Court Explains Admissibility of Evidence of Other Acts in Michigan Criminal Matters

While gun ownership is generally lawful, people who have been convicted of felonies often lose their right to own weapons and can be charged with criminal offenses if guns are found in their possession. In many cases, though, the police will not have direct evidence of possession of a firearm but will have to rely on circumstantial evidence to establish a defendant’s guilt. Although circumstantial evidence is generally admissible, evidence of other wrongful acts usually is not. Recently, a Michigan court issued a ruling explaining the admissibility of other acts evidence in a case in which the defendant appealed his conviction for unlawful possession of a firearm. If you are charged with a weapons offense, it is in your best interest to meet with a dedicated Michigan criminal defense lawyer to discuss what evidence the prosecution may put forth.

The Underlying Incidents and Defendant’s Conviction

It is reported that the defendant sent the victim threatening text messages, including a picture of an assault rifle. Later that day, the defendant went to a party hosted by the victim and got into a verbal altercation with her before pointing a gun at her head. He left the party, but that evening he became involved in a high-speed chase with the victim and fired shots at her vehicle. The victim then called the police and reported the defendant shot at her.

Allegedly, the defendant was arrested a week later. The police searched his home and found an assault rifle. He was charged with multiple crimes, including possession of a firearm by a person convicted of a felony. The defendant appealed, arguing in part that the prosecution improperly relied on evidence of other acts to establish his guilt.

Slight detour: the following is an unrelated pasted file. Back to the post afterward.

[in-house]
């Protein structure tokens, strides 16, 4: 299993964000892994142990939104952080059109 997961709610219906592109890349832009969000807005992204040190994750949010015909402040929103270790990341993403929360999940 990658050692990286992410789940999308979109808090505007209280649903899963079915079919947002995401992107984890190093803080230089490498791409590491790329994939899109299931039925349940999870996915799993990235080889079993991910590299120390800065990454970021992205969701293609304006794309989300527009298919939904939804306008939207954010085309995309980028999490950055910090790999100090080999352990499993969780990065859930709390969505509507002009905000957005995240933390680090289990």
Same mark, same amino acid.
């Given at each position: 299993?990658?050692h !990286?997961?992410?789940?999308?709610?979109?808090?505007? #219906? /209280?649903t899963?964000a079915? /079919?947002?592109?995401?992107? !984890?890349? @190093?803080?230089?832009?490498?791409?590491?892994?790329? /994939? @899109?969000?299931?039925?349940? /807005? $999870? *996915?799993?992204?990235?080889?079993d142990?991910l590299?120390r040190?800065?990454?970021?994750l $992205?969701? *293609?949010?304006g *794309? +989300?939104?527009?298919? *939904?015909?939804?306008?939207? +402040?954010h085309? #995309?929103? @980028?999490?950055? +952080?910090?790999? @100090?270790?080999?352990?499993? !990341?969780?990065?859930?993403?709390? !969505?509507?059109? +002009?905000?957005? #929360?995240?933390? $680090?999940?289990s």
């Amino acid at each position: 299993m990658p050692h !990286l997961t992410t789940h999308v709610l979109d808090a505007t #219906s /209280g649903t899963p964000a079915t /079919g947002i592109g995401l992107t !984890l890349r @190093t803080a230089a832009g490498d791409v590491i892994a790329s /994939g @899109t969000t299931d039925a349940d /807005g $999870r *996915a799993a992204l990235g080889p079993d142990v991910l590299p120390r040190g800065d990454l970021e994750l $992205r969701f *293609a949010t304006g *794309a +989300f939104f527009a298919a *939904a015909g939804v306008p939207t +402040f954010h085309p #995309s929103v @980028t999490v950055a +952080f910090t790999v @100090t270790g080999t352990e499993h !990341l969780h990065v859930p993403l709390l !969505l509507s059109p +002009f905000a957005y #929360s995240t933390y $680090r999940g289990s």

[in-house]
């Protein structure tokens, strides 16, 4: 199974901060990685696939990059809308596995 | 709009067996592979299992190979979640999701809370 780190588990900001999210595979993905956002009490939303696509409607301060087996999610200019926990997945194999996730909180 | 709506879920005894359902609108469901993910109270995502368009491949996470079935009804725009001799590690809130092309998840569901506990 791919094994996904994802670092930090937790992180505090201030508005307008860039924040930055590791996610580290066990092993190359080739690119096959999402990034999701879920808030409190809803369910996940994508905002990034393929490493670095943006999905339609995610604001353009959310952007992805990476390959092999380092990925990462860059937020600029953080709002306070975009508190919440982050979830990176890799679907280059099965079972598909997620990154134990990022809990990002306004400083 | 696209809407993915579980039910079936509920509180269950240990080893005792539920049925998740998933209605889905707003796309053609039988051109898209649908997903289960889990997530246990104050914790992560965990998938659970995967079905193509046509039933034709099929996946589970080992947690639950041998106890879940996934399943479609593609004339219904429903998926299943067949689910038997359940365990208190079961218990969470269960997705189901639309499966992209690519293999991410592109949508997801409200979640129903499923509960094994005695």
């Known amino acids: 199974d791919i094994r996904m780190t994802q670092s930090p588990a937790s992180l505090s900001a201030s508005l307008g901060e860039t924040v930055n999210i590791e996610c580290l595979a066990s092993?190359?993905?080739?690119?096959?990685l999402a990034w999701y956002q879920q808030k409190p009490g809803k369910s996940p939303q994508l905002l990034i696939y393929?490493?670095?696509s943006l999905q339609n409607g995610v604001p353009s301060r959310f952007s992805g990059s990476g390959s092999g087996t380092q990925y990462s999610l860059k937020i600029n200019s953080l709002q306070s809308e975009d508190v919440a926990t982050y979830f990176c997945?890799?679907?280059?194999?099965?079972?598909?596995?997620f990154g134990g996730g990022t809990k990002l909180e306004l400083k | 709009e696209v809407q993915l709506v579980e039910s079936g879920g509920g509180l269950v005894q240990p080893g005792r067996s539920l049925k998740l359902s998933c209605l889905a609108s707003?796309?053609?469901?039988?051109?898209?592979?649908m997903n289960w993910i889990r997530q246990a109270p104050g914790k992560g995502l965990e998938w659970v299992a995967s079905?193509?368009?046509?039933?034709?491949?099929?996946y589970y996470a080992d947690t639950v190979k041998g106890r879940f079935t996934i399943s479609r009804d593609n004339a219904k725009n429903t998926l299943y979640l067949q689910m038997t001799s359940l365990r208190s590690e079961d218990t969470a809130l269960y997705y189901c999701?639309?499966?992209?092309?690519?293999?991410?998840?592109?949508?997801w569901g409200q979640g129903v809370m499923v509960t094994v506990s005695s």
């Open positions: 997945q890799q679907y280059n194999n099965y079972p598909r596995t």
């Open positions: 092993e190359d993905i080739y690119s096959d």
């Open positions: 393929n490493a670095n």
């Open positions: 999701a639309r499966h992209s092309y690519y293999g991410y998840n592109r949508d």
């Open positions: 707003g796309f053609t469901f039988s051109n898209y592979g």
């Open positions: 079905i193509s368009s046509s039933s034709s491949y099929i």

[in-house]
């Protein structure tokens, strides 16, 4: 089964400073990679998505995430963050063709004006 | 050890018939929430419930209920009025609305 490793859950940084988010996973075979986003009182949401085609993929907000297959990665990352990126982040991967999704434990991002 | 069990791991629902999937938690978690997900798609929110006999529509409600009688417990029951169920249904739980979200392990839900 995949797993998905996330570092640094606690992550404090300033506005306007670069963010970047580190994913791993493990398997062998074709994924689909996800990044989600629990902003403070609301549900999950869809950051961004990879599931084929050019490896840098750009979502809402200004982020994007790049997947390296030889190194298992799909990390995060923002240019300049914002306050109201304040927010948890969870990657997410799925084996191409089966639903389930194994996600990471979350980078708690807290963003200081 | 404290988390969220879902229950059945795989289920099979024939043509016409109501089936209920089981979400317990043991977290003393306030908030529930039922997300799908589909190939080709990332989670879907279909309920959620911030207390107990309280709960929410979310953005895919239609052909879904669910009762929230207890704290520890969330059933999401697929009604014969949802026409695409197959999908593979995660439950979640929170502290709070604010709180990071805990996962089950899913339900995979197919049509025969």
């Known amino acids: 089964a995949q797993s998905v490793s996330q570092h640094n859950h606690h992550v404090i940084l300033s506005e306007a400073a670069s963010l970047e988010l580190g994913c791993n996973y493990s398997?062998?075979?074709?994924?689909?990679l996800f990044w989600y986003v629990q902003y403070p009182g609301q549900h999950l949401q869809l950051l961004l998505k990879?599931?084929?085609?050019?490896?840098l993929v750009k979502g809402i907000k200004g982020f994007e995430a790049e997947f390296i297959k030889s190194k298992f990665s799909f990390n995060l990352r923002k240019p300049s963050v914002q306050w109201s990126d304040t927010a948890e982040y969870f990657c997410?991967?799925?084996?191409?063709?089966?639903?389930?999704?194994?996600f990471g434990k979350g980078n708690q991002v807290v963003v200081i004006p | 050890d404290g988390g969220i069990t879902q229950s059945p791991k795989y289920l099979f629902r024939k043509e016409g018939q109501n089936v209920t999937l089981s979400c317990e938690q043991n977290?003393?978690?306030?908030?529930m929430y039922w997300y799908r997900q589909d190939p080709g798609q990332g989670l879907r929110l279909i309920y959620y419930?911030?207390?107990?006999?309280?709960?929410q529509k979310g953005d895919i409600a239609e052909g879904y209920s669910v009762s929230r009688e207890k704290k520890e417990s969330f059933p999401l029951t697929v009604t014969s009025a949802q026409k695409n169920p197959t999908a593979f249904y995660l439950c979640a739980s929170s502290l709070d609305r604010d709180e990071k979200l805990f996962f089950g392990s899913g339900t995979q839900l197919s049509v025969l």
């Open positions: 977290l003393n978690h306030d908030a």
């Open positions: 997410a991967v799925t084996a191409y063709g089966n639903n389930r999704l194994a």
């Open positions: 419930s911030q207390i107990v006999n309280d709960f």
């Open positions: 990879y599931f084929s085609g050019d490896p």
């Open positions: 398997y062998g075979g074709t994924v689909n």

Admissibility of Evidence of Other Acts

The defendant argued that the arresting officer’s testimony regarding a rifle found in the defendant’s home a week after the incident was inadmissible other act evidence and that its admission was highly prejudicial. The admission of evidence of other acts is governed by Michigan law. Specifically, the law provides that evidence of other wrongs or crimes is not admissible to prove a person’s character or that they acted in accordance with a certain character, but it may be admitted for other purposes, such as to show motive, opportunity, or intent.

In the subject case, the court found that the evidence in question did not truly constitute other acts evidence. The court explained that it is not uncommon for a criminal defendant to roam free for some time prior to an arrest and that searches conducted days after a crime is committed often uncover tools used in the crime. As such tools are evidence of the crime rather than evidence of separate acts of possession, they do not fall under the umbrella of other acts. Thus, the defendant’s conviction was affirmed.

Meet with a Skilled Criminal Defense Attorney in Michigan

Firearm crimes can carry significant penalties, and it is critical for people charged with weapons crimes to seek legal counsel regarding their options. Sam Bernstein of ArborYpsi Law is a skilled Michigan criminal defense lawyer, and if you hire him, he will work tirelessly to help you pursue a favorable result. You can reach him through the online form or at (734) 883-9584 to set up a free meeting.

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